My world reeled, I felt weak in the knees, Lyn was knocked out in the operating room beyond the glass, I could see her but could not talk to her, and I couldn’t discuss the situation. There was only one decision, go with the odds and place Lyn in the hands of Surgeon David Carter. I quickly called a good friend, Surgeon Dr. Bob Sewell, who told me Dr. Carter was his choice to operate on his dad’s heart. With a pedigree reference like that, I felt Lyn was getting the best shot possible.
From that moment on things became a blur; I have never personally witnessed a medical team move so quickly and so precisely. Dr. Carter’s team at Harris HEB had Lyn prepped and on a heart lung machine within an hour and started the procedure. Karen, Dr. Carter’s surgical nurse, called my cell phone at every break to tell me what was going on. Dr. Carter warned me to prepare for a long afternoon, and he meant it. Lyn’s operation from start to finish took almost 8 hours, but Dr. Carter described it as “text book.” He fixed her heart and she will live to tell the story, what little of it she can remember. Because of the anesthesia medicine she doesn’t remember much, except leaving her store in an ambulance.
Lyn’s recovery sped along for a while, Dr. Carter took her off the respirator 2 hours earlier than anticipated and off the heart assist pump a full 3 hours ahead of schedule. She is breathing and beating on her own and making progress every minute, but she is now feeling pretty sore and the pain ratchets up as she moves around as ordered by the nurses. That said, this is all pretty miraculous, given that what Dr. Carter says happened to Lyn is the exact same thing that happened to actor John Ritter and Tim Russert, a blockage then dissection/rupture of the main stem left artery, an event he called “the widow maker”. Her personal physician, Dr. Rebecca Sharp, says given all of Lyn’s test results in the ER, and her lack of family history of heart problems, she could have been sent home with the diagnosis of indigestion. If that had happened, and almost did, Dr. Sharp says Lyn would most likely have died within 12 hours.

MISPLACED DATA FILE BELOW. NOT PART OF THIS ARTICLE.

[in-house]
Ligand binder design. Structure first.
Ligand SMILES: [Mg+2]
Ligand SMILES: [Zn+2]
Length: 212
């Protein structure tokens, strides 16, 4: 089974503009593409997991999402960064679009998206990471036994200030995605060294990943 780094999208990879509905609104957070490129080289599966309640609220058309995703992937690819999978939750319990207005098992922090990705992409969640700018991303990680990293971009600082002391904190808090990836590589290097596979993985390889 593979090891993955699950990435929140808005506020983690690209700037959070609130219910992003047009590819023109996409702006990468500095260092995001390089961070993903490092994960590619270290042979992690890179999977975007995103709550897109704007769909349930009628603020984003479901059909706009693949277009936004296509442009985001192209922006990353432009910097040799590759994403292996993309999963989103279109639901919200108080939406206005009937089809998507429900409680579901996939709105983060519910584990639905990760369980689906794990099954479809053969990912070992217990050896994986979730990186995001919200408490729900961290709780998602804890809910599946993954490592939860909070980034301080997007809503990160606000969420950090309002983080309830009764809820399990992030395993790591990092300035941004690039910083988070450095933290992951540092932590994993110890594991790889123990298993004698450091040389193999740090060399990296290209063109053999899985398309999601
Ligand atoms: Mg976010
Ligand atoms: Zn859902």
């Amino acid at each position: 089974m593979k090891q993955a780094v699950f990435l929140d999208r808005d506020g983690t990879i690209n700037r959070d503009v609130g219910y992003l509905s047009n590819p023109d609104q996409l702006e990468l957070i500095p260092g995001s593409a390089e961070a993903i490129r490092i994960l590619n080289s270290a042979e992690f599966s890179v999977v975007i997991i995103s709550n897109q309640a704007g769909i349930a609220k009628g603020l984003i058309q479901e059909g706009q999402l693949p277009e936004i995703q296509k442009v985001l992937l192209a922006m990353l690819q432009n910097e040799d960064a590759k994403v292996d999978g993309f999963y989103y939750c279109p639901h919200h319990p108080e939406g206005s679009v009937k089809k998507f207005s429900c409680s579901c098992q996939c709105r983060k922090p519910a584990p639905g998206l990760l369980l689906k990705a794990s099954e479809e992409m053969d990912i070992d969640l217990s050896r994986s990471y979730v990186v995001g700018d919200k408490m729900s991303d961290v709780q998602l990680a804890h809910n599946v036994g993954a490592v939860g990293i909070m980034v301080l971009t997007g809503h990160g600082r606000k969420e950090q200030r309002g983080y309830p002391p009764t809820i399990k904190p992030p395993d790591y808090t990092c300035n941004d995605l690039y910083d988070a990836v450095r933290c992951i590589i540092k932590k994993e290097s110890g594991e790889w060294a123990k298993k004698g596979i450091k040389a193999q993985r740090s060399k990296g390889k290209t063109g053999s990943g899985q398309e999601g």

We are now 6 days into this adventure in medicine, and Lyn has just been moved to a Cardiac Step Down room, where she can begin the process of rehabbing and preparing to go home (soon we hope). This will be a long road home however, 6 weeks of healing the sternum in her chest and in her leg that gave up an artery to fix her heart. But, fix is a good word, because Dr. Carter tells us her heart is fixed, and pathology suggests the likelihood of this happening again is extremely remote.
I cannot express my gratitude enough for wonderful staff and doctors at Harris HEB, and especially our young ER doctor Adrian Church who refused to ignore a tiny blip on a blood panel. We have been so blessed by dozens upon dozens of friends who have come to the hospital giving Lyn their love and support. My older children Parker, Kylee and Xander have shared in the shock, sorry and now joy for Lyn. She is improving daily, finally out of the ICU where she can visit with our little girls who miss mommy dearly.
Lyn will now have a battle scar to remind her of this adventure. Strange how it sometimes takes a brush with death to appreciate how precious life really is. This experience has indeed been sobering and gives me a greater appreciation of how blessed we are to see another day. I hope to be back with you again on NBC-5 soon, but for now my mission is to get Lyn back home, safe and sound so we can get mommy well again.
God bless you all.